Microarrays are lab-on-chip devices which allow scientists to investigate the expression of thousands of genes in multiple samples simultaneously. The chip is mainly composed of glass, silicon or plastics. On the surface of chip thousands of spots are arrayed, and each spot contains multiple copies of DNA sequences which correspond to a particular gene. One of the applications of microarrays is to allow us to compare expression of various genes in different samples, making microarrays a powerful tool in Detection techniques and life science research.
Applications of microarrays
Tumor formation involves changes of numerous genes, and a DNA (cDNA) microarray can provide a platform which allows medical scientists to have a better understanding of gene expression in different clinical samples. Some types of cancer such as breast cancer are highly heterogeneous containing various molecular and clinical subtypes.
Different clinical subtypes of cancer can show different prognosis to the same treatment due to variation in gene expression. However, exactly how cancer heterogeneity affects prognosis and treatment response of patients has yet to be fully understood. Nonetheless, DNA microarray technologies provide medical scientists an opportunity to analyze and compare expression profile of different cancer clinical/molecular subtypes. By comparing gene expression profiles between samples from different cancer subtypes and normal tissues using microarray technologies, scientists can identify specific genes that are expressed/silenced in each molecular subtype of cancer and scientists can understand how particular genes affect treatment response. Ultimately, scientists can use this technology to identify putative drug targets for cancer treatment.
How to perform a DNA microarray analysis
Multiple preparation steps are required to perform a successful DNA microarray for comparing genes expression in different samples.
Firstly, mRNA must be purified from both experimental sample (e.g., cancer cells) and referee sample (e.g., normal healthy cells) by using an organic solvent. Secondly, mRNA from experimental and referee sample are converted to complementary DNA (cDNA) by reverse transcriptase, and fluorescent probes of different colors are used to label the cDNA samples.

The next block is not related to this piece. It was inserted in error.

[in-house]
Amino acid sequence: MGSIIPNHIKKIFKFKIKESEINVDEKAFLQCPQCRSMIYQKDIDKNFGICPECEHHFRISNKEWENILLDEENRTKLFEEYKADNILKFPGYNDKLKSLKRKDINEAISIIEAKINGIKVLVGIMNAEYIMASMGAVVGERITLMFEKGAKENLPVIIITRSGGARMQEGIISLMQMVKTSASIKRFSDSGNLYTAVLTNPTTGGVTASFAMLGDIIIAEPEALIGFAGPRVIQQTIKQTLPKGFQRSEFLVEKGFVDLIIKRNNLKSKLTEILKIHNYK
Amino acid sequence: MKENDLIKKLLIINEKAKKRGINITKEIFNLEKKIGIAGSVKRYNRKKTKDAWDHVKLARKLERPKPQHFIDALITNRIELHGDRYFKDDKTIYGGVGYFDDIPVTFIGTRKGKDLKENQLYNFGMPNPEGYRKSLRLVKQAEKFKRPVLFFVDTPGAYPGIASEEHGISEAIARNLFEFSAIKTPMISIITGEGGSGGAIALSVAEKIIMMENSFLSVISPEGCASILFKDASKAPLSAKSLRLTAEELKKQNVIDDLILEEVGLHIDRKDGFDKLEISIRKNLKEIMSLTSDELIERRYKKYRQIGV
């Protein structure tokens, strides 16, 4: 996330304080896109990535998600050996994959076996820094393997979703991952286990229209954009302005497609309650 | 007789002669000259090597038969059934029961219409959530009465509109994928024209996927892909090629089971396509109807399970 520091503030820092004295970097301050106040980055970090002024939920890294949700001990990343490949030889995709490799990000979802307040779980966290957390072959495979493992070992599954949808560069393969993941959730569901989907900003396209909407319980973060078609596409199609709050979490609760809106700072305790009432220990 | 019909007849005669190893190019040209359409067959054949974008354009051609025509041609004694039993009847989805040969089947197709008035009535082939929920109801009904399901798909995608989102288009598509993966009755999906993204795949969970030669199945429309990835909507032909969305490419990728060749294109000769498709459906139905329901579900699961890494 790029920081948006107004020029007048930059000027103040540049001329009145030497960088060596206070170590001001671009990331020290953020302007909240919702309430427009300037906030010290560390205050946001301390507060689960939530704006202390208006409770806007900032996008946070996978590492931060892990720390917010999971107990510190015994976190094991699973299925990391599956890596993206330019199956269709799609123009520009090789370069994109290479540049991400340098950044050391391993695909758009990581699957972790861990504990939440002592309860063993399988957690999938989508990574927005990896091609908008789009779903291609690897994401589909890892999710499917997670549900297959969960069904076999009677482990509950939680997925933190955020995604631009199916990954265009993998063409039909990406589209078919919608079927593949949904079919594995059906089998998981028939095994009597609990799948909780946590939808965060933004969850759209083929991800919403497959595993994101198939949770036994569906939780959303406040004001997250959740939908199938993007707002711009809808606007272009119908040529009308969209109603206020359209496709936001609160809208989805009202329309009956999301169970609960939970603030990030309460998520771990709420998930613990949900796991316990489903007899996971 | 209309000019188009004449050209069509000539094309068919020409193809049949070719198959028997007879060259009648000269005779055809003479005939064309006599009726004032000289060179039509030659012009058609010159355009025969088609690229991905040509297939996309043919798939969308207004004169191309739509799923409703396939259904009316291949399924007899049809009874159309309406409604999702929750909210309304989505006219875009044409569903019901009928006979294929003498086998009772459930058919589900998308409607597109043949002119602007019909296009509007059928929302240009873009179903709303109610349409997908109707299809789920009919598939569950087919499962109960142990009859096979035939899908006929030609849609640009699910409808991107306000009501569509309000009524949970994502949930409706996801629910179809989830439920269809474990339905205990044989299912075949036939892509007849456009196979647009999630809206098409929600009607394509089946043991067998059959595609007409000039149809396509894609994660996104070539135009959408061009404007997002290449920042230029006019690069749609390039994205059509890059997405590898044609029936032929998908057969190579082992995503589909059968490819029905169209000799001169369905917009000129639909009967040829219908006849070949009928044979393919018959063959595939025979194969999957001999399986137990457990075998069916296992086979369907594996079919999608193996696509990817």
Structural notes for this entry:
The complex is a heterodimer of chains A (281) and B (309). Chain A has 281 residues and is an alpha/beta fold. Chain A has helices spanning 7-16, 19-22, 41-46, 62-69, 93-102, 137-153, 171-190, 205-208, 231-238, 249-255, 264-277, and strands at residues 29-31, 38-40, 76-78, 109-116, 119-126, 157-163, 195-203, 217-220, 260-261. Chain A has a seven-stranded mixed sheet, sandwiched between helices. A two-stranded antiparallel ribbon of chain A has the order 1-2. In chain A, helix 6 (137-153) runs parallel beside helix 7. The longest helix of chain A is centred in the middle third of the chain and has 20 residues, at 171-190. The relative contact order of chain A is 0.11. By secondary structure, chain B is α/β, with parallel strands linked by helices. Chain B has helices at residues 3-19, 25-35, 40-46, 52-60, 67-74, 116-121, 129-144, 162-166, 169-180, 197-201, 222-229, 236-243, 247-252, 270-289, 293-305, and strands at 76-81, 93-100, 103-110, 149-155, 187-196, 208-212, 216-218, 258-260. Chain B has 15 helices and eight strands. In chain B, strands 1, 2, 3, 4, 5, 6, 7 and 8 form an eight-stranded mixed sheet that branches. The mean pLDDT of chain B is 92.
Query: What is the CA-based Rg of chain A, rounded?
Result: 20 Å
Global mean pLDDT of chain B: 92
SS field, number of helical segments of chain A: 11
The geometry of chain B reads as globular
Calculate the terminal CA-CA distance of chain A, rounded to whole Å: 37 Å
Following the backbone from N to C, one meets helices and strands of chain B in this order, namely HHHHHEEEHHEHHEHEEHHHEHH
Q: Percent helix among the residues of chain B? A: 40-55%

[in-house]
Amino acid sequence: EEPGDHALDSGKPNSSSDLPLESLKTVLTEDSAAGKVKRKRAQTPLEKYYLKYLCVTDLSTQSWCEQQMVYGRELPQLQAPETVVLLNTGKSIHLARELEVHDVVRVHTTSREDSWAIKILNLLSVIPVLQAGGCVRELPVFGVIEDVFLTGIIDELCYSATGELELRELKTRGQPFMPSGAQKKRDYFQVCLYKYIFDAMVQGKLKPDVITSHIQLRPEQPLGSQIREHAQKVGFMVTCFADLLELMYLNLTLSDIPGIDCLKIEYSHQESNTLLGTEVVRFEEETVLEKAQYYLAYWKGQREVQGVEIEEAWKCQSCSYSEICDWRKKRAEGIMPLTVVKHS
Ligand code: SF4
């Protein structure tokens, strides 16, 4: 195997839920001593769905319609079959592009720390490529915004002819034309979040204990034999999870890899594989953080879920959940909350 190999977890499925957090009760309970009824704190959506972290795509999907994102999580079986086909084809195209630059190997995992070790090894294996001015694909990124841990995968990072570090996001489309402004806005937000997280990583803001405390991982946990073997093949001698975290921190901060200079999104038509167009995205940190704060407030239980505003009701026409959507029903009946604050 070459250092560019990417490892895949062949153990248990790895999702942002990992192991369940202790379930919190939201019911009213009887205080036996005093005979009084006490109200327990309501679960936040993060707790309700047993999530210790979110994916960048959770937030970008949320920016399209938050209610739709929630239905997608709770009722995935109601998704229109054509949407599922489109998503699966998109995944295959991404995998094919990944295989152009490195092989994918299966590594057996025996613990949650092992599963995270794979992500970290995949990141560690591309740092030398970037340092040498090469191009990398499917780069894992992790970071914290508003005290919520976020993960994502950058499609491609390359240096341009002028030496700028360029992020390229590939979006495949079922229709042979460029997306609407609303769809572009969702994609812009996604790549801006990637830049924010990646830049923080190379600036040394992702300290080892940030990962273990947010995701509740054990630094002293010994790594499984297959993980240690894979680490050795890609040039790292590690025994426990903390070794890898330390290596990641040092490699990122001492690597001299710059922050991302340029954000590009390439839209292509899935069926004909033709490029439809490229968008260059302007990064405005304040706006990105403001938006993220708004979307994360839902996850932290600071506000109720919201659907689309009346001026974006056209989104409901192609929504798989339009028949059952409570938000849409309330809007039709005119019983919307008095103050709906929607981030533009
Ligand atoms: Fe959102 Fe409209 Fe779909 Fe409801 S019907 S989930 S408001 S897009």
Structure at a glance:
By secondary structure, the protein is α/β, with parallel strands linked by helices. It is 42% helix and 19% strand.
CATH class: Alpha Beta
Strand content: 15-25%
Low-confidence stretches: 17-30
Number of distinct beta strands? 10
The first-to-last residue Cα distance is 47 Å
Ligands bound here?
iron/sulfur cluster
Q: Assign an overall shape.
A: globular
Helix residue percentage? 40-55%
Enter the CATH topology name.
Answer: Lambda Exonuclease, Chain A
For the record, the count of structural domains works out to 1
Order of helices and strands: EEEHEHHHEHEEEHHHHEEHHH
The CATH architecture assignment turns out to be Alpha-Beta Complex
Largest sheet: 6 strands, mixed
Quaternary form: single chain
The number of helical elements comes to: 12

The color of fluorescent probes used in experimental and referee samples should be different (e.g., green fluorescent for referee sample and red fluorescent for experimental sample). Afterward, cDNA from the two samples (from cancer and healthy cells) are added onto the microarray chip. cDNA from the samples hybridize to the complementary strand on the microarray so that each spot on the microarray contains a specific nucleotide sequence which represents a particular gene. The microarray will then be washed to wash off excess cDNA that did not hybridize to the complementary strand. Finally, the microarray will be analyzed in a scanner (exposed to laser) to examine fluorescent of every single spot for red and green. The results of red and green fluorescent will be merged.
What does the result of DNA microarray means?
The fluorescence intensity is positively correlated to the amount of cDNA from each sample. The appearance of red fluorescence in a spot means the gene is highly expressed in experimental sample (e.g., tumor cells) while the appearance of green fluorescence in a spot means the gene is actively expressed in referee sample (healthy cells). For a gene that is highly expressed in both the experimental and referee samples, the spot will be yellow in color when exposed to the laser.
One of the limitations of DNA microarrays is that expression of mRNA is not fully correlated to protein expression profile of organisms. Therefore, protein microarrays have been developed to examine and compare protein expression profiles of different samples. The principle of DNA and protein microarrays is similar, but antibodies are used to capture/hybridize with target proteins in protein microarray.
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